Squirrel meat on the table after Quebec hunter starts petition
To some it’s a nutty idea, to others it’s a food alternative that could spur economic growth
When Martin Poirier began hunting he didn't want to start with large animals like bears, moose or deer. He wanted to go smaller, way smaller.
He wanted to hunt squirrels.
But there was an issue: squirrel hunting is illegal in Quebec.
So Poirier launched a petition late last month to legalize squirrel hunting in the province. It will be tabled in the National Assembly this fall by Coalition Avenir Québec MNA Mathieu Lemay; Poirier is one of his constituents.
The petition argues that hunting squirrel would benefit the economy. It also points out the government already allows the hunting of such small game animals as rabbits, hares, coyotes, wolves, marmots, raccoons, foxes, partridges, pigeons and quails.
But Poirier acknowledged that supporters of his proposal first need to dispel certain misconceptions if it is to be successful.
"It's as if people are scared that their neighbours are going to go out in their gardens and shoot the little city squirrels," he said.
"That's not what we want."
Squirrel kabobs anyone?
For some, squirrel meat can be something of a delicacy. In 2014, the Quebec government launched a pilot project with a handful of top restaurants in the province to promote wild game, including squirrel.
David McMillan, the owner-chef of the ever-trendy Joe Beef restaurant in Montreal's Little Burgundy neighbourhood, said he wasn't opposed to serving squirrel, but can't find a supplier of the meat.
He described squirrel as "delicious," tasting like something halfway between hare and quail meat.
Poirier, a political science student at the University of Montreal, added that squirrel meat is also healthy because it contains more protein, less fat and fewer calories than beef or chicken.
But some experts want to rein in any budding enthusiasm for squirrel cuisine.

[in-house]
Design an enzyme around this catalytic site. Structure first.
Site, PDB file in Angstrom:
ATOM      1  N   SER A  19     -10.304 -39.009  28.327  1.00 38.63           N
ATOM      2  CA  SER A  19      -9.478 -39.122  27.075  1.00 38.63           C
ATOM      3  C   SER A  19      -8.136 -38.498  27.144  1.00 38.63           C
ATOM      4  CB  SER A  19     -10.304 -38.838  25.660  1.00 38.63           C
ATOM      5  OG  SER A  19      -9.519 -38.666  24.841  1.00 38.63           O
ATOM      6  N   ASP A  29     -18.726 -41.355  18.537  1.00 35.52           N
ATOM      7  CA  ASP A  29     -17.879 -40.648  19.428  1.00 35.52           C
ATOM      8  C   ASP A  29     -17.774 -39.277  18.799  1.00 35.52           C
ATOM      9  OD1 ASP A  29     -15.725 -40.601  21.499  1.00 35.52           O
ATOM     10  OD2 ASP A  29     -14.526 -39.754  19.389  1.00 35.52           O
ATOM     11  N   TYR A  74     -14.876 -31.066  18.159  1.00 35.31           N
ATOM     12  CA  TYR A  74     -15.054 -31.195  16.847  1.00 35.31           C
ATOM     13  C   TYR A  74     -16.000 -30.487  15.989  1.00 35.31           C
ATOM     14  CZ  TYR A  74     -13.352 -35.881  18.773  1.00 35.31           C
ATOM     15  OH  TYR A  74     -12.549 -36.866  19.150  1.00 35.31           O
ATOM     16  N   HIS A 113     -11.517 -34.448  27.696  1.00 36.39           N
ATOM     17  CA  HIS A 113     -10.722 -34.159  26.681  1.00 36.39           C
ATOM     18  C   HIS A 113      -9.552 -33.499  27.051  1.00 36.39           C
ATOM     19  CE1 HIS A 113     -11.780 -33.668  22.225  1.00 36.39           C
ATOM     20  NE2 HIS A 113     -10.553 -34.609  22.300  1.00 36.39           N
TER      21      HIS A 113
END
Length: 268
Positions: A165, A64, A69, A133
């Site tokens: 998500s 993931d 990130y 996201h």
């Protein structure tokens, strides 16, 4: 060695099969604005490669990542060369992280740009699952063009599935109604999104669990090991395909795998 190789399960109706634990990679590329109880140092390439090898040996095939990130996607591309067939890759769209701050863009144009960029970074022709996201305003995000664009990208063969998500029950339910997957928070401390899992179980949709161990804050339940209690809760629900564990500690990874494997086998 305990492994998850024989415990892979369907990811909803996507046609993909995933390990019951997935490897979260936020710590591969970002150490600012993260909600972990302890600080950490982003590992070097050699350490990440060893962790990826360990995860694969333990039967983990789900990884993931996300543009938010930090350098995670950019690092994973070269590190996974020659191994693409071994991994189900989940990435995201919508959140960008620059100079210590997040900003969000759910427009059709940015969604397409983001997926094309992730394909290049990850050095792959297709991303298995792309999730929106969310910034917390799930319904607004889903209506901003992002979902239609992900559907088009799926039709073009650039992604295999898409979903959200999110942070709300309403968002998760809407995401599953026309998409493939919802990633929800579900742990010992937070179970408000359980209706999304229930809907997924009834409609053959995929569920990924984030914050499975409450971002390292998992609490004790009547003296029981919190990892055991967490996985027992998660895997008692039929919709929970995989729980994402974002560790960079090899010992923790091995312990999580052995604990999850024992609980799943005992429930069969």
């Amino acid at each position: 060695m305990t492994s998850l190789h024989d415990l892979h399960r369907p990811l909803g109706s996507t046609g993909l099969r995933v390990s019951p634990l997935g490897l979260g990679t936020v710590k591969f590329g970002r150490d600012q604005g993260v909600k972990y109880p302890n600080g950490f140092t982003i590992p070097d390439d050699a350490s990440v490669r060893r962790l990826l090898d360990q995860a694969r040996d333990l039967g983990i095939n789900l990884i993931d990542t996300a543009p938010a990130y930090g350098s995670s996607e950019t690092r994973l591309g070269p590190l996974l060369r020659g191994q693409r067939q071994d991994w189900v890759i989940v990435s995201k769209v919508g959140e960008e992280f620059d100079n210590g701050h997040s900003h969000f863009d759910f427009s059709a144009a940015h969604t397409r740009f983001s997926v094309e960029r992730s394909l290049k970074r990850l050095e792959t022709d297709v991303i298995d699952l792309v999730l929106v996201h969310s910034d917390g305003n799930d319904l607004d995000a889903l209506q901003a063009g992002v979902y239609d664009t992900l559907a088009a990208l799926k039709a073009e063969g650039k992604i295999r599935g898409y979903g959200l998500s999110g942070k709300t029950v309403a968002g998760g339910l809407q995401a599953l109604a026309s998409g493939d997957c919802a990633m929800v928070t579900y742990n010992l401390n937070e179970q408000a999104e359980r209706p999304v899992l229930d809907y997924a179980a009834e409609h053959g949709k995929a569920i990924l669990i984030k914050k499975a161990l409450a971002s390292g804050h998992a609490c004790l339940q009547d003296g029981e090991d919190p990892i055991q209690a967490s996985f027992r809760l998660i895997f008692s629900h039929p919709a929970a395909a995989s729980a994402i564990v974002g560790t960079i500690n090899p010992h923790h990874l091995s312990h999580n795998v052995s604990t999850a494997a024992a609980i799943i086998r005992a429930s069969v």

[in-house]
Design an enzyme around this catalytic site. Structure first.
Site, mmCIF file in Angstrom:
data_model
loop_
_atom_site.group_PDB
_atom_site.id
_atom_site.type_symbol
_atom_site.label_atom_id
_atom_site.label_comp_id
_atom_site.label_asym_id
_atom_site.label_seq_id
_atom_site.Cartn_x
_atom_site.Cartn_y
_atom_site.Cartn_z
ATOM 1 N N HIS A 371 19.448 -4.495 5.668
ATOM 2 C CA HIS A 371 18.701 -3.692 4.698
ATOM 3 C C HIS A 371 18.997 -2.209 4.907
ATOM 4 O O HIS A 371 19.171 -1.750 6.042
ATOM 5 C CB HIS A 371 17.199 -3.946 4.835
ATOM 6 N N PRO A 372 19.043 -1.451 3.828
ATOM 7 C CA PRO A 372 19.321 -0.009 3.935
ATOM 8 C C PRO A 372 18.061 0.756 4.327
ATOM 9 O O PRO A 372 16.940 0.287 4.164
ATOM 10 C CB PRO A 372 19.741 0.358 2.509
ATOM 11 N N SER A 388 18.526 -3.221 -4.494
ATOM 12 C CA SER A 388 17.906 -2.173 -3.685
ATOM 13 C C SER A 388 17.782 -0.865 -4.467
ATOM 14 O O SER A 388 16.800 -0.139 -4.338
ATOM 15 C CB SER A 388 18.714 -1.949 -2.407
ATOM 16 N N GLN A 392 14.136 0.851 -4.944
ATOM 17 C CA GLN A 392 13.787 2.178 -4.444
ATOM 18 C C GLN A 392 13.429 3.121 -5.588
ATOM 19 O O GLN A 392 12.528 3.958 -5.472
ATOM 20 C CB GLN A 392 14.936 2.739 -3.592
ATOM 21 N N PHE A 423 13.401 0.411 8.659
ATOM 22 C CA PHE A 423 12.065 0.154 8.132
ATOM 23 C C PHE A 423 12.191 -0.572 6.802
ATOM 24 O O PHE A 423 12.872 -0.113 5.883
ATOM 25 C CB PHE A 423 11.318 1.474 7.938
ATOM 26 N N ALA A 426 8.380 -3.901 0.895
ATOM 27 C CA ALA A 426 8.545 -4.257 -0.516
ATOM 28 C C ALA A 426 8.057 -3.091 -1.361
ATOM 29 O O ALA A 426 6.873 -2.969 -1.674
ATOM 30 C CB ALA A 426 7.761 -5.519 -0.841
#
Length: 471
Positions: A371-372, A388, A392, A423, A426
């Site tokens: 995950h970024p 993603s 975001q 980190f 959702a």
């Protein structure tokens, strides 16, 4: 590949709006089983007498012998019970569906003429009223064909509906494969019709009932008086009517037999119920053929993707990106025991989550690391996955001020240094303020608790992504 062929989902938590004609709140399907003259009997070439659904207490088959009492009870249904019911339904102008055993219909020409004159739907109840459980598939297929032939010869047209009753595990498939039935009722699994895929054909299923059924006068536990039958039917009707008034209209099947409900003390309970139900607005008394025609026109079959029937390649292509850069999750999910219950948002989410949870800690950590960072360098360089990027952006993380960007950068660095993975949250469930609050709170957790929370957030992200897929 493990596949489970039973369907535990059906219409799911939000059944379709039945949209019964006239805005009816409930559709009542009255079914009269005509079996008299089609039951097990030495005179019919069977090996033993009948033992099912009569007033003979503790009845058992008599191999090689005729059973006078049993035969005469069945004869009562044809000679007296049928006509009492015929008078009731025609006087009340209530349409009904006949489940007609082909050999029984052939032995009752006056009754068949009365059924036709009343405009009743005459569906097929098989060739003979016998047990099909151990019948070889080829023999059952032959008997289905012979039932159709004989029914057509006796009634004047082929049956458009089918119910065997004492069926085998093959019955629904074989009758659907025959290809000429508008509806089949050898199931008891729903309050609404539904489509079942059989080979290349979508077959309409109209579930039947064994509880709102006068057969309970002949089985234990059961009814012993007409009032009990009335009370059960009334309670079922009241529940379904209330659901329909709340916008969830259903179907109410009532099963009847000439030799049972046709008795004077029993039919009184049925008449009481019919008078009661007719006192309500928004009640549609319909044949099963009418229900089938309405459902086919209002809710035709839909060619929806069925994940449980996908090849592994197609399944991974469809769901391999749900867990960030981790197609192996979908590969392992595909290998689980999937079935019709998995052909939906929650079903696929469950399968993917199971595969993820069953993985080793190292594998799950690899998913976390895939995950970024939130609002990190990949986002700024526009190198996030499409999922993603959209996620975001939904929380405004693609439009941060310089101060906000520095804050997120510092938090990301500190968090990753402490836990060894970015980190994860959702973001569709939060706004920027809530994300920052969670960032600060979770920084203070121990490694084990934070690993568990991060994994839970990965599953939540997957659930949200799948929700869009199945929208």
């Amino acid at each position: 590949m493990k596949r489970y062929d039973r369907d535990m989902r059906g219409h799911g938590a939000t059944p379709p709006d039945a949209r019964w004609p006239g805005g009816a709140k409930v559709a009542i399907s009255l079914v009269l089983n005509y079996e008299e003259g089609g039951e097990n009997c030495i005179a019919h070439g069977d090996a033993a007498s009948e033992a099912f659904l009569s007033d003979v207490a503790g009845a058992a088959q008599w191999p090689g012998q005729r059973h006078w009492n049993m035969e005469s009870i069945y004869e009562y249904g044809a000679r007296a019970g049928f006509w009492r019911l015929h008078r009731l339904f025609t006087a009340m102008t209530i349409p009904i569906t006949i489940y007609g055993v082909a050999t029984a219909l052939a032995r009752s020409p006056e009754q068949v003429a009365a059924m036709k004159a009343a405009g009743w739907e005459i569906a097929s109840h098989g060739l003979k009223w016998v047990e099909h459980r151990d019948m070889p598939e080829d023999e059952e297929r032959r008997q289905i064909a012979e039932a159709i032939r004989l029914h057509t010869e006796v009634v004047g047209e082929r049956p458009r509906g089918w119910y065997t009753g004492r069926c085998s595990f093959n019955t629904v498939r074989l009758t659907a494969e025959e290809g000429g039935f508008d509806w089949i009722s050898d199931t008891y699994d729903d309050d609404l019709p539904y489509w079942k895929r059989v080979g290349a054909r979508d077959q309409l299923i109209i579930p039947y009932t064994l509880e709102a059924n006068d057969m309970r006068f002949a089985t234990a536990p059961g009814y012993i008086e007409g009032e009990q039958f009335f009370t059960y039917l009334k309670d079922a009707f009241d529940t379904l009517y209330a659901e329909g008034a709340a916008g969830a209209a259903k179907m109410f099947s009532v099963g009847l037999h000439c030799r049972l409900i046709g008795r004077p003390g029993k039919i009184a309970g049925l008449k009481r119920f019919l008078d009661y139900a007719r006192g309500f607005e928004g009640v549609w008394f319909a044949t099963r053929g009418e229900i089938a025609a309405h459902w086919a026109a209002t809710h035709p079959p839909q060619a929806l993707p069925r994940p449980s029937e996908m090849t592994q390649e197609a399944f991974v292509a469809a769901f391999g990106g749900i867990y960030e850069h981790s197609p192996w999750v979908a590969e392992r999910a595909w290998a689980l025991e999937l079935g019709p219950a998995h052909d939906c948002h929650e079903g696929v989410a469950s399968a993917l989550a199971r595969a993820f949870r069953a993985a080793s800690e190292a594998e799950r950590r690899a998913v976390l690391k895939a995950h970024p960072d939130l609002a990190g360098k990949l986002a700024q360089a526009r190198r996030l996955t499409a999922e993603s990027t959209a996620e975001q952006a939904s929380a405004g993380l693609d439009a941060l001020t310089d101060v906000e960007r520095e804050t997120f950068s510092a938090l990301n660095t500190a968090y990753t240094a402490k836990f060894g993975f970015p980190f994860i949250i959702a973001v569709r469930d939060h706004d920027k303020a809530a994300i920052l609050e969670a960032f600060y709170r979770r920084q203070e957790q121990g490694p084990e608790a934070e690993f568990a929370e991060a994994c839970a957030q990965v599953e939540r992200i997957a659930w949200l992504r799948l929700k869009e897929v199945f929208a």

"It is not a wonder meat," said Jacques Dancosse, a biologist and veterinarian at Montreal's Biodôme.
While humans can consume squirrel meat, doing so comes with certain risks, he said.
No squirrel tartar, says biologist
Dancosse explained that squirrels and other rodents are more likely to carry bacteria, such as salmonella, and they could also contain lead and mercury.
If it were legalized, consumers would need to be very careful when preparing the squirrel, he said.
"Especially the raw meat! I can not imagine eating a squirrel tartare!" he added. "It's very risky. It would have to be very regulated."
Supporters of the squirrel hunt, such as Poirier, insist there is a difference between the animals found in urban and rural areas. But that, for Dancosse, is not the issue. They all carry the potential for disease.
"The difference between a grey squirrel living in Parc La Fontaine and a grey squirrel living in Sainte-Adèle ... they are not so different as far as health is concerned," Dancosse said.
The scientist also questioned whether hunters would be able to recognize whether a squirrel is sick.
Quebecers will be able to sign the petition on the National Assembly website until September 26th.
With files from Radio-Canada and Daybreak